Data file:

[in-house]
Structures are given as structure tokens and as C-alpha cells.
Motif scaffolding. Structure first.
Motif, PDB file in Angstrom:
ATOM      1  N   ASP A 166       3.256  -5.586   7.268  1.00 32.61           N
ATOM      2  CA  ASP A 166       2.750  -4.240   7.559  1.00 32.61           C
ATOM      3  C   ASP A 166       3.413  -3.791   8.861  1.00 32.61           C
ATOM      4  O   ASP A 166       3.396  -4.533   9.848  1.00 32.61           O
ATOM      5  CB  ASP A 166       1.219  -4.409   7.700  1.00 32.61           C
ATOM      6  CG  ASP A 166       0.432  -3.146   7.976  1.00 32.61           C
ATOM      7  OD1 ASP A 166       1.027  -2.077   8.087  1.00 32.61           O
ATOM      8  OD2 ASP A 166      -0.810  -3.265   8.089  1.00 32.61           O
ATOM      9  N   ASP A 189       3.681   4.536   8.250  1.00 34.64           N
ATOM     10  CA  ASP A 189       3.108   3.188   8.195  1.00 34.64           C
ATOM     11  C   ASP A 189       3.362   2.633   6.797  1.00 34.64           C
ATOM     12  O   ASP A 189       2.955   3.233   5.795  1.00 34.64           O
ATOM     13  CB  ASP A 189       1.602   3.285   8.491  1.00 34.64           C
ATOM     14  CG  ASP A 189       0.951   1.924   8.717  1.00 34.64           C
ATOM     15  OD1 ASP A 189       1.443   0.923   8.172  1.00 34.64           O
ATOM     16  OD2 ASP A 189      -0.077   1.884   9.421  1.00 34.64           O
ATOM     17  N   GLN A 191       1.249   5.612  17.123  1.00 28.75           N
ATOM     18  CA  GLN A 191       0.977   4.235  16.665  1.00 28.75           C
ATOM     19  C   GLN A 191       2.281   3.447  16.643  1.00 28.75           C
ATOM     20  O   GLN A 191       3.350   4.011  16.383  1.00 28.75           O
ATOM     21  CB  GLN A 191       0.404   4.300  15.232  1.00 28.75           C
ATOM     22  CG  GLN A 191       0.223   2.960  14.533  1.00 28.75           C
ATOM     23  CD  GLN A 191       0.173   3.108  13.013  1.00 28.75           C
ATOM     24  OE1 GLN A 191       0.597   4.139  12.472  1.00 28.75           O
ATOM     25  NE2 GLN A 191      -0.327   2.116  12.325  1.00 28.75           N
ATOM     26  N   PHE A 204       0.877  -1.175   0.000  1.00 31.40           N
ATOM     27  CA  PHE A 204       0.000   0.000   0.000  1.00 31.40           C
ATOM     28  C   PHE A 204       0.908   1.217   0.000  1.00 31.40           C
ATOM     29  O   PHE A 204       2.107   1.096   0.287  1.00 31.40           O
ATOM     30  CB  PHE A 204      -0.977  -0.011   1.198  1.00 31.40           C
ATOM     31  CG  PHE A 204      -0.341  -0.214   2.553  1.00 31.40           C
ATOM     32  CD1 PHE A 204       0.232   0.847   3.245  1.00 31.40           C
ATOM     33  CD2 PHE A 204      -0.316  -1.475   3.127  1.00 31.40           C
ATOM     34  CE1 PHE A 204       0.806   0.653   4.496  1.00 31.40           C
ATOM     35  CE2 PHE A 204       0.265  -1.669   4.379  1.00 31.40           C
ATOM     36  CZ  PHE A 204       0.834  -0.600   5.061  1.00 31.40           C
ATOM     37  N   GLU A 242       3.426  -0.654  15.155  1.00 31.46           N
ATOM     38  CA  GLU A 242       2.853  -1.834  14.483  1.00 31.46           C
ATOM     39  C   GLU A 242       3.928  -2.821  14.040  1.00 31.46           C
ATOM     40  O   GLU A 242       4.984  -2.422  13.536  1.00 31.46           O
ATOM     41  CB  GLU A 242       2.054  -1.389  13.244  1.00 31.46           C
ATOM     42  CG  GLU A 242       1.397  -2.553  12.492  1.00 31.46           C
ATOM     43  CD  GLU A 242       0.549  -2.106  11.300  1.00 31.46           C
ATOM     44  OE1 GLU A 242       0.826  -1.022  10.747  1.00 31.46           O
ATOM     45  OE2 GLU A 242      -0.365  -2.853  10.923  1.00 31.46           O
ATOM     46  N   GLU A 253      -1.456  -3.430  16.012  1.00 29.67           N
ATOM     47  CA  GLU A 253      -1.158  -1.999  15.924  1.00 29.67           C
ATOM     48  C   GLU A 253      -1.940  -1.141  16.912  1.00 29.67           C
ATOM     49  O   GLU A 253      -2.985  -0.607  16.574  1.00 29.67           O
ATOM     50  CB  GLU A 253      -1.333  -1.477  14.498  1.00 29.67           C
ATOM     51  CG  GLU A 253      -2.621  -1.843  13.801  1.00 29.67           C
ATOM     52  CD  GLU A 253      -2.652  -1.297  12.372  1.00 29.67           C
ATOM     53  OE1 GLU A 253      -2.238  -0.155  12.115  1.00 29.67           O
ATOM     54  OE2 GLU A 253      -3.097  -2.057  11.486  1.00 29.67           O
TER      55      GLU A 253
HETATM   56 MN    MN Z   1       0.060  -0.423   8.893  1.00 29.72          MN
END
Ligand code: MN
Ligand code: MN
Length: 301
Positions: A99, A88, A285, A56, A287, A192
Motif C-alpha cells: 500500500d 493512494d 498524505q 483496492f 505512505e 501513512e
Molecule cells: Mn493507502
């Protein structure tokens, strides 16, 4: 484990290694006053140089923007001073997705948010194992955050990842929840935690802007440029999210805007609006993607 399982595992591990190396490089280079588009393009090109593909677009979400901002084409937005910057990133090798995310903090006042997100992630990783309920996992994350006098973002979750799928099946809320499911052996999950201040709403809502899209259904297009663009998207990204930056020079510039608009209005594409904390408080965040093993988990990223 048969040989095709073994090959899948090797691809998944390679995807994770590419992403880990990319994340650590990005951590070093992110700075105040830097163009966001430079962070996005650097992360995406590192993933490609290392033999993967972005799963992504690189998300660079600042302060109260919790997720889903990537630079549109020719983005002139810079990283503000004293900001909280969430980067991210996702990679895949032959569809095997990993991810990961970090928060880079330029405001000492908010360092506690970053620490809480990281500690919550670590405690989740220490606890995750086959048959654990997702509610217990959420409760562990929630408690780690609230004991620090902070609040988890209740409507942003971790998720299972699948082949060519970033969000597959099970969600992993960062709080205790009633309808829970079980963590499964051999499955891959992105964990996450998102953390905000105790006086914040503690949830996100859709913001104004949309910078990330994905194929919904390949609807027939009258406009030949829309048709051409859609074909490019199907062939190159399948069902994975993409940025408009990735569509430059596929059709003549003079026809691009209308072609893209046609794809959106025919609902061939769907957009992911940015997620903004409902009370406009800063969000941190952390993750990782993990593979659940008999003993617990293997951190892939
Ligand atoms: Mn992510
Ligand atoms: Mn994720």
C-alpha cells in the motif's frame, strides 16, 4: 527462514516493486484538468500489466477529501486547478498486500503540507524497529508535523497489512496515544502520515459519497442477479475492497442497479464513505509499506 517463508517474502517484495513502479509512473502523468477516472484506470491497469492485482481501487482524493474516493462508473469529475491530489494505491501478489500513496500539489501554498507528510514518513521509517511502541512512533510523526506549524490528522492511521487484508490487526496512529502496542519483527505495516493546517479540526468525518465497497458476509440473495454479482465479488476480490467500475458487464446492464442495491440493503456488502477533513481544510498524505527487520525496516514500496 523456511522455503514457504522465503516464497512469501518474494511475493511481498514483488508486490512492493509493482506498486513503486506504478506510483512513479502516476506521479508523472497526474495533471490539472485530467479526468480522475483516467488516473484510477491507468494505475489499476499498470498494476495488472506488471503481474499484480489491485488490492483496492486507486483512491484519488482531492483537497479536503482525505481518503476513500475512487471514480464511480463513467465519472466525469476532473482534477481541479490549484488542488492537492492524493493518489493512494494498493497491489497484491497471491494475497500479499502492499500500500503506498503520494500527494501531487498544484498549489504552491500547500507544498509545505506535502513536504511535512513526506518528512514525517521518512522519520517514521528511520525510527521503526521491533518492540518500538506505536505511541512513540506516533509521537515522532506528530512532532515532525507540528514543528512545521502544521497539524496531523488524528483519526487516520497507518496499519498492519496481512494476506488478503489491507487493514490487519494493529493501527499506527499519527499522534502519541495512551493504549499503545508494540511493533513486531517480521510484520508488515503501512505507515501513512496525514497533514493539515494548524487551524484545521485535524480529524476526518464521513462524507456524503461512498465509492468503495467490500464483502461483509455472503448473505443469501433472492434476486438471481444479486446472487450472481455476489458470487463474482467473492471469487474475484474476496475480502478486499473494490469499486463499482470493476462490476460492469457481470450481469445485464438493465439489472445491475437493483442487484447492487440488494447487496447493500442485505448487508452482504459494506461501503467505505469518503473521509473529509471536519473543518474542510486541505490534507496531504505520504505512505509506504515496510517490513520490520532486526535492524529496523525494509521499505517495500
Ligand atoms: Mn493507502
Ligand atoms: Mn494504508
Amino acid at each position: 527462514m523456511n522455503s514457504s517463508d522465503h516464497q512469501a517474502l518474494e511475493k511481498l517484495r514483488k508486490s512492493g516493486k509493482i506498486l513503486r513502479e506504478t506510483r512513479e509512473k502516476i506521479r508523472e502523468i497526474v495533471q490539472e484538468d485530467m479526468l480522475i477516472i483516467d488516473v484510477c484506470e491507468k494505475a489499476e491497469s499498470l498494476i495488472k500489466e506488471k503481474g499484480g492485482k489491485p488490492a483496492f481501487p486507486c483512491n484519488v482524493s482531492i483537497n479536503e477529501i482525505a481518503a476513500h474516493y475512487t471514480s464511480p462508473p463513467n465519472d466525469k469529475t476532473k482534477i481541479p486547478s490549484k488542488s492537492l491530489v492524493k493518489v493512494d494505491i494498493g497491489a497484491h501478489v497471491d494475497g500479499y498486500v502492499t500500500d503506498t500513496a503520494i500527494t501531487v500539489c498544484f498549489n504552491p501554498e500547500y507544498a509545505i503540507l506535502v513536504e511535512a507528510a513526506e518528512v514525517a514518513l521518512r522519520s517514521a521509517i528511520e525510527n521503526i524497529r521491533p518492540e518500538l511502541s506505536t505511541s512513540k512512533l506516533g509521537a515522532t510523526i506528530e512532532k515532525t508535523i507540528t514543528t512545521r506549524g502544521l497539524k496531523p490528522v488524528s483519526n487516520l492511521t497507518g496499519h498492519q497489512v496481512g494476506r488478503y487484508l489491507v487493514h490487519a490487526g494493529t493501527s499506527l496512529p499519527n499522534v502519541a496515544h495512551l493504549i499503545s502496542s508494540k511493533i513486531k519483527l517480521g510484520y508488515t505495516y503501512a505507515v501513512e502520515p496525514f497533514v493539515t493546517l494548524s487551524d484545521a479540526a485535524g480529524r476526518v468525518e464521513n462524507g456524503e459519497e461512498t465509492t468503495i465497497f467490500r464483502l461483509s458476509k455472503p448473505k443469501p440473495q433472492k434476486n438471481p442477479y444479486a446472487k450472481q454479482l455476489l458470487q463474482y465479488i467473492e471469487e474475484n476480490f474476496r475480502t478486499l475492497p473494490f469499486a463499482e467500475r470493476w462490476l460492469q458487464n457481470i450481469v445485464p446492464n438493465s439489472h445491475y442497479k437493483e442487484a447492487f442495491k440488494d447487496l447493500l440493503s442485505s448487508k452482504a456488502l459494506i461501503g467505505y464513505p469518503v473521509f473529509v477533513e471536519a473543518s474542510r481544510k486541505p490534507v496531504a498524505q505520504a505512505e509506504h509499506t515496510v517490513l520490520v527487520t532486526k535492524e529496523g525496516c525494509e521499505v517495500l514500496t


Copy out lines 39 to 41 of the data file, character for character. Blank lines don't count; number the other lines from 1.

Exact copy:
ATOM     35  CE2 PHE A 204       0.265  -1.669   4.379  1.00 31.40           C
ATOM     36  CZ  PHE A 204       0.834  -0.600   5.061  1.00 31.40           C
ATOM     37  N   GLU A 242       3.426  -0.654  15.155  1.00 31.46           N